Personal diagnosis inspires URA recipient’s summer research
“Each day I was learning something new.”
While many students enjoyed a well-deserved break during the summer of 2021, undergraduate student Reyna Stefanson elected to spend her summer not at a beach, but in a lab conducting research on what might be the next frontier in nutrition: oat-based protein.
“Oat consumption patterns have been steadily increasing and so our research examined the chemical composition of the oats for future use in the food industry,” Stefanson explains. “Our research area was to determine an optimal protein extraction methodology, as well as the grain chemistry of the oats for future application as a protein source.”
A 3rd year Agricultural and Food Sciences student, Stefanson says her interest in nutrition began with an unfortunate diagnosis.
“I was drawn into this area of studies as I have always had a passion for nutrition ever since I was diagnosed with celiac disease,” Stefanson says. “As a result of this, I have always paid attention to what I am putting in my body and have been curious about the production and processing aspect of food.”
Stefanson is a recipient of the 2020-2021 Undergraduate Research Award (URA) offered through the Vice-President, Research and International Office, in partnership with the University of Manitoba Student Union. The program offers the opportunity for up to 172 undergraduate students to be immersed in research and connect with the university’s academics for 16 weeks over the summer. Seventeen of these awards are dedicated to Indigenous students and two are dedicated to community-based research projects. URA recipients also receive a $7,000 award.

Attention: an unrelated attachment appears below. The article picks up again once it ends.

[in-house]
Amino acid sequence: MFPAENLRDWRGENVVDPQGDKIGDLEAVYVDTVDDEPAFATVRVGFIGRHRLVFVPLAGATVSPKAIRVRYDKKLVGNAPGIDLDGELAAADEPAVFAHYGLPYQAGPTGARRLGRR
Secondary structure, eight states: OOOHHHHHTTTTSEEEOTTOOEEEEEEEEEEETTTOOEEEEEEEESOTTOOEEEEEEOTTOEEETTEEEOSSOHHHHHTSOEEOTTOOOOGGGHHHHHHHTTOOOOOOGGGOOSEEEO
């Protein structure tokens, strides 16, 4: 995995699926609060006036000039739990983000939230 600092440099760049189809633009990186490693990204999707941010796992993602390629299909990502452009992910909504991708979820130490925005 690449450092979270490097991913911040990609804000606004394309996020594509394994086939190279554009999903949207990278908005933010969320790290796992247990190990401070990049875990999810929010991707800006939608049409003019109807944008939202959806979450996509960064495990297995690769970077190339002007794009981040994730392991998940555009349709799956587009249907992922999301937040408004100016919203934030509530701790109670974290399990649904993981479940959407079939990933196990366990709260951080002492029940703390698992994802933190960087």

The application process requires students to research and interview two professors, and in the end Stefanson chose to work under the supervision of Dr. Maneka Malalgoda.
“I wanted to work with Dr. Malalgoda as her project was of most interest to me,” Stefanson says. “Dr. Malalgoda was very welcoming and took the time to train me in several lab skills and experiments that I wouldn’t have had the chance to.”
For Stefanson, the knowledge and experience she gained from working under Dr. Malalgoda’s supervision was invaluable to her development as a researcher.
“Working with Dr. Malalgoda was a unique and irreplaceable summer research experience,” Stefanson reflects. “She has established a foundation for my future with research, and I wouldn’t be where I am today without her mentorship and my URA supported summer experience.”
Stefanson says her Undergraduate Research Award experience helped spark her interest in research and develop her future educational goals.
“Each day I was learning something new and best of all it was related to my current studies. It was a great opportunity to finally apply everything that I have been learning over the past 3 years. It was such a valuable experience, and I can’t recommend it enough!”
The registration deadline for the 2021-2022 Undergraduate Research Awards is Feb. 14, 2022.
Research at the University of Manitoba is partially supported by funding from the Government of Canada Research Support Fund.